Shutter Priority, Aperture Priority … or Programme Mode? Which should I use??
Probably the single question I'm asked most by people keen to improve their photography is "How do I move on from using the Program or Auto mode on my camera"; "What settings should I use".
Wildlife photography is a challenging branch of photography that can test your skills to the limit and often in very difficult lighting conditions etc. So what is the magic exposure formula to getting those razor sharp images that can stand out on the pages of Africa Geographic? It seems everyone has an opinion and in many respects, for the aspiring photographer new to the world of a Digital SLR it can be very intimidating. I'm asked the question countless times and I feel the frustration sometimes of new photographers who believe there is one specific mode that satisfies all occasions. Afraid not, but that doesn't mean it's going to get complicated, all you need is to apply a bit of foresight about what image effect you are tying to produce, and the "behaviour" of your subject matter, and you've nailed it!!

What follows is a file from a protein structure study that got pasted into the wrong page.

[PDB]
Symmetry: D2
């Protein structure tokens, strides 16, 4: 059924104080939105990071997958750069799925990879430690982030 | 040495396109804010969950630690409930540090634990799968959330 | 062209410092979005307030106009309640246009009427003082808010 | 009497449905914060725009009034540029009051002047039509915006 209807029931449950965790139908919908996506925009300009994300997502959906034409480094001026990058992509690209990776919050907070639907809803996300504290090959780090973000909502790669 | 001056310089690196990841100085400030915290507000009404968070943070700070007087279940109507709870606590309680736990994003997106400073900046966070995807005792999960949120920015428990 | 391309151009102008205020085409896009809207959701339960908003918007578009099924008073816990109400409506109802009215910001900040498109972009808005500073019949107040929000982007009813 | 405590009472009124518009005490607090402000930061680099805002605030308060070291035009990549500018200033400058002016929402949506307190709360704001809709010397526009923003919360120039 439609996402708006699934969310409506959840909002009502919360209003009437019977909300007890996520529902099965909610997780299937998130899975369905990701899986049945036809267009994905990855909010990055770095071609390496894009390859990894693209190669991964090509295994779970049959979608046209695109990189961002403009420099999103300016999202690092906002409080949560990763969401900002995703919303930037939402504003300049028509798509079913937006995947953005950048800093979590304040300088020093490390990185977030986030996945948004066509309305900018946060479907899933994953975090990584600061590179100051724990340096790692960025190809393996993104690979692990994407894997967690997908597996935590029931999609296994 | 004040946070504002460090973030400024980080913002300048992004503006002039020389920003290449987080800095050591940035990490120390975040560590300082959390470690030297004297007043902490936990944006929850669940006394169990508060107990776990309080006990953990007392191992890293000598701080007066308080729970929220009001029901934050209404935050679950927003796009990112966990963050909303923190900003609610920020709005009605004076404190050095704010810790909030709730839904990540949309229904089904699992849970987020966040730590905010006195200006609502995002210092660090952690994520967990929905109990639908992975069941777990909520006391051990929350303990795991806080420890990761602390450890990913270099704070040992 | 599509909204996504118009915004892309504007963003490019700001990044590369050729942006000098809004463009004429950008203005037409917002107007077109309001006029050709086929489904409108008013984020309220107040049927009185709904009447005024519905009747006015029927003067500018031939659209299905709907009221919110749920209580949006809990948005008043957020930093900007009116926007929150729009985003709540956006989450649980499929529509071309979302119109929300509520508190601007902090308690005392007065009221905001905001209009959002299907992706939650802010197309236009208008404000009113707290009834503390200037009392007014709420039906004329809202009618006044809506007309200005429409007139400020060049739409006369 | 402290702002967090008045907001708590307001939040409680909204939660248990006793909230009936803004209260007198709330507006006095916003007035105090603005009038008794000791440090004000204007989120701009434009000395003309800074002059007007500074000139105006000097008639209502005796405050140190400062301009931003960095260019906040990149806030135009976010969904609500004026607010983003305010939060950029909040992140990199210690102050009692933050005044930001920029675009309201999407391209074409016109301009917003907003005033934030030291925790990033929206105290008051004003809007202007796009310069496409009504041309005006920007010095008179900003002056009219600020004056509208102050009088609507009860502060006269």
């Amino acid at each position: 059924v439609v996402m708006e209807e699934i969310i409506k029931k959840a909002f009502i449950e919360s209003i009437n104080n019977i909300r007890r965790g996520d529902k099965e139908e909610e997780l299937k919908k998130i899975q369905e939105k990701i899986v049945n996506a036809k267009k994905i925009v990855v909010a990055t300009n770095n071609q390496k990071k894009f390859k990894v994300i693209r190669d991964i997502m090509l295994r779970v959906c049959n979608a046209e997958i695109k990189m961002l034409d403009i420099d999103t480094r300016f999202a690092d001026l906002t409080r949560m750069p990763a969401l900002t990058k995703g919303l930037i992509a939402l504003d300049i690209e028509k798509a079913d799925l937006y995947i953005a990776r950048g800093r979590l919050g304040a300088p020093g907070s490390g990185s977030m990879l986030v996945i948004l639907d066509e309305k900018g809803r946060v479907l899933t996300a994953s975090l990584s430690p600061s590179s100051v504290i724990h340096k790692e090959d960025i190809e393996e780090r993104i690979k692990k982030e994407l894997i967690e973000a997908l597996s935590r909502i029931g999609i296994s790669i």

So how do I approach my own photography? Getting into a good routine (see my last blog post) and thinking about the image you want to create is a good first base. First off, I set my ISO to account for the available light is the first stage .... these days cameras are more than capable of operating with very little loss of quality at incredibly high ISO settings, therefore I rarely shoot on less than ISO 800 when doing general wildlife photography. For static Landscapes and Macro I shoot much lower, say ISO 100 but this will increase the requirement to use a tripod as the shutter speed will reduce considerably at these settings, making hand held operation almost impossible. Generally, I like to control the level of background blur (Depth of Field) in my images so Aperture Priority is the way to go. In the image above of the Chobe elephants in Botswana, what was key to the images after getting the grouping of the elephants correct, was ensuring sufficient Depth of Field so that the back ground would remain in focus, yielding a nice sharp image from front to back of the picture.
n circumstances where freezing action is required, particularly with birds in flight, Shutter Priority is selected to ensure the camera adopts fast enough shutter speed to render the image razor sharp. The Fish Eagle image below was shot from ground level on the Biyamiti River in the Kruger National Park. The critical element here was freezing motion, both with the bird in flight and also the effect on the water droplets. I used a shutter speed here of 1/1600th sec and an aperture setting of f4.5, hence the blurred background in the image.